Lord: it is time. The summer was immense.
Lay your shadow on the sundials
and let loose the wind in the fields.
Bid the last fruits to be full;
give them another two more southerly days,
press them to ripeness, and chase
the last sweetness into the heavy wine.
Whoever has no house now will not build one
Whoever is alone now will remain so for a long
will stay up, read, write long letters,
and wander the avenues, up and down,
restlessly, while the leaves are blowing.
Rainer Maria Rilke
Dulce et Decorum Est
1 Bent double, like old beggars under sacks,
2 Knock-kneed, coughing like hags, we cursed through sludge,
3 Till on the haunting flares we turned out backs,
4 And towards our distant rest began to trudge.
5 Men marched asleep. Many had lost their boots,
6 But limped on, blood-shod. All went lame, all blind;
7 Drunk with fatigue; deaf even to the hoots
8 Of gas-shells dropping softly behind.
9 Gas! GAS! Quick, boys!--An ecstasy of fumbling
10 Fitting the clumsy helmets just in time,
11 But someone still was yelling out and stumbling
12 And flound'ring like a man in fire or lime.--
13 Dim through the misty panes and thick green light,
14 As under a green sea, I saw him drowning.
15 In all my dreams before my helpless sight
16 He plunges at me, guttering, choking, drowning.
17 If in some smothering dreams, you too could pace
18 Behind the wagon that we flung him in,
19 And watch the white eyes writhing in his face,
20 His hanging face, like a devil's sick of sin,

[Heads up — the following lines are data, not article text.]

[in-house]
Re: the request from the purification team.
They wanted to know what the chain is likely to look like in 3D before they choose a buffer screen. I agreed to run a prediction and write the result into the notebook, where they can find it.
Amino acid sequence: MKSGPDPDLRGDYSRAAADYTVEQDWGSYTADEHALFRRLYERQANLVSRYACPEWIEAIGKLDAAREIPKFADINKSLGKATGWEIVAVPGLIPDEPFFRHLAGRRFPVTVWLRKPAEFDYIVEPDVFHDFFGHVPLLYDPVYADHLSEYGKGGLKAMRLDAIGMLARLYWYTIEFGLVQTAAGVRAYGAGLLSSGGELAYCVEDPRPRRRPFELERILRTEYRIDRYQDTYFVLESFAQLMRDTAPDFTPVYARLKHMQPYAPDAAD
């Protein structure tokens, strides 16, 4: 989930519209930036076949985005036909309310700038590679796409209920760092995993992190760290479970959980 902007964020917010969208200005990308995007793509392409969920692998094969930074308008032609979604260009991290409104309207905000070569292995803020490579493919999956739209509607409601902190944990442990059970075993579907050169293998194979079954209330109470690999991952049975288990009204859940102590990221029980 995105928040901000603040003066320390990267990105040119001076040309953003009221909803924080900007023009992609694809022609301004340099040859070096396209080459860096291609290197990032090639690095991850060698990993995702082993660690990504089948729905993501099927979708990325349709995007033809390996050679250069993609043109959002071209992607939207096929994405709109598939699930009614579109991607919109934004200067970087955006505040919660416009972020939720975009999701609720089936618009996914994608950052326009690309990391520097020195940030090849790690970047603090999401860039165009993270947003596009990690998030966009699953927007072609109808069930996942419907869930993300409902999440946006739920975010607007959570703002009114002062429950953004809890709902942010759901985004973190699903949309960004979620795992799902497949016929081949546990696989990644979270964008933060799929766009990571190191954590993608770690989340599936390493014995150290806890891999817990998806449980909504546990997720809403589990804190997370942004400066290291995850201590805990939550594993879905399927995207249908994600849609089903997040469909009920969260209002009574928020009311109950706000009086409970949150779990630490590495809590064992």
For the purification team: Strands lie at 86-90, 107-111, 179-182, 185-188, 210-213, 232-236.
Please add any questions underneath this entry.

21 If you could hear, at every jolt, the blood
22 Come gargling from the froth-corrupted lungs
23 Bitter as the cud
24 Of vile, incurable sores on innocent tongues,--
25 My friend, you would not tell with such high zest
26 To children ardent for some desperate glory,
27 The old Lie: Dulce et decorum est
28 Pro patria mori.
From childhood's hour I have not been
As others were; I have not seen
As others saw; I could not bring
My passions from a common spring.
From the same source I have not taken
My sorrow; I could not awaken
My heart to joy at the same tone;
And all I loved, I loved alone.
Then- in my childhood, in the dawn
Of a most stormy life- was drawn
From every depth of good and ill
The mystery which binds me still:
From the torrent, or the fountain,
From the red cliff of the mountain,
From the sun that round me rolled
In its autumn tint of gold,
From the lightning in the sky
As it passed me flying by,
From the thunder and the storm,
And the cloud that took the form
(When the rest of Heaven was blue)
Of a demon in my view.
Edgar Allan Poe